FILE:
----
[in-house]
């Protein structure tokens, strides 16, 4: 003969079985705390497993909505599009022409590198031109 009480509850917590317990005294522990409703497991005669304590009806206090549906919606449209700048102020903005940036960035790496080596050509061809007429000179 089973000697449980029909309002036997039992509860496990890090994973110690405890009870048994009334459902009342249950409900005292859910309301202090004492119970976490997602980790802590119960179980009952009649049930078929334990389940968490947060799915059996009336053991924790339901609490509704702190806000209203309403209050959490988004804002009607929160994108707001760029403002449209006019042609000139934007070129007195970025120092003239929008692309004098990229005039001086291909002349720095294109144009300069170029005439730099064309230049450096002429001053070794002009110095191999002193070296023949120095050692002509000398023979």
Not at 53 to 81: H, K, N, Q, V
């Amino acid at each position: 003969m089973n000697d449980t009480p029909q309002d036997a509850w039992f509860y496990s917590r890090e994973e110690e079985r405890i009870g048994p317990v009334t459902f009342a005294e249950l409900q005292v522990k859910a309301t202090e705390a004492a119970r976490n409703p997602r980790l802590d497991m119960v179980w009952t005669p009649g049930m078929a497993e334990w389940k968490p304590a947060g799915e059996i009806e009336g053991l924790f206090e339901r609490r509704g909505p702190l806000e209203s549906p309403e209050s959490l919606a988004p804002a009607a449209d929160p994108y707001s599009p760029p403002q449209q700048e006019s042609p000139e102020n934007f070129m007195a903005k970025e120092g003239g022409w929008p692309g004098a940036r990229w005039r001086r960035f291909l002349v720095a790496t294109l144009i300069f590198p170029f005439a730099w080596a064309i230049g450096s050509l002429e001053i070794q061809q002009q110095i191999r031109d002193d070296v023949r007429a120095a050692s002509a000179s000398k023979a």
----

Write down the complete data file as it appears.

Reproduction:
[in-house]
């Protein structure tokens, strides 16, 4: 003969079985705390497993909505599009022409590198031109 009480509850917590317990005294522990409703497991005669304590009806206090549906919606449209700048102020903005940036960035790496080596050509061809007429000179 089973000697449980029909309002036997039992509860496990890090994973110690405890009870048994009334459902009342249950409900005292859910309301202090004492119970976490997602980790802590119960179980009952009649049930078929334990389940968490947060799915059996009336053991924790339901609490509704702190806000209203309403209050959490988004804002009607929160994108707001760029403002449209006019042609000139934007070129007195970025120092003239929008692309004098990229005039001086291909002349720095294109144009300069170029005439730099064309230049450096002429001053070794002009110095191999002193070296023949120095050692002509000398023979």
Not at 53 to 81: H, K, N, Q, V
């Amino acid at each position: 003969m089973n000697d449980t009480p029909q309002d036997a509850w039992f509860y496990s917590r890090e994973e110690e079985r405890i009870g048994p317990v009334t459902f009342a005294e249950l409900q005292v522990k859910a309301t202090e705390a004492a119970r976490n409703p997602r980790l802590d497991m119960v179980w009952t005669p009649g049930m078929a497993e334990w389940k968490p304590a947060g799915e059996i009806e009336g053991l924790f206090e339901r609490r509704g909505p702190l806000e209203s549906p309403e209050s959490l919606a988004p804002a009607a449209d929160p994108y707001s599009p760029p403002q449209q700048e006019s042609p000139e102020n934007f070129m007195a903005k970025e120092g003239g022409w929008p692309g004098a940036r990229w005039r001086r960035f291909l002349v720095a790496t294109l144009i300069f590198p170029f005439a730099w080596a064309i230049g450096s050509l002429e001053i070794q061809q002009q110095i191999r031109d002193d070296v023949r007429a120095a050692s002509a000179s000398k023979a």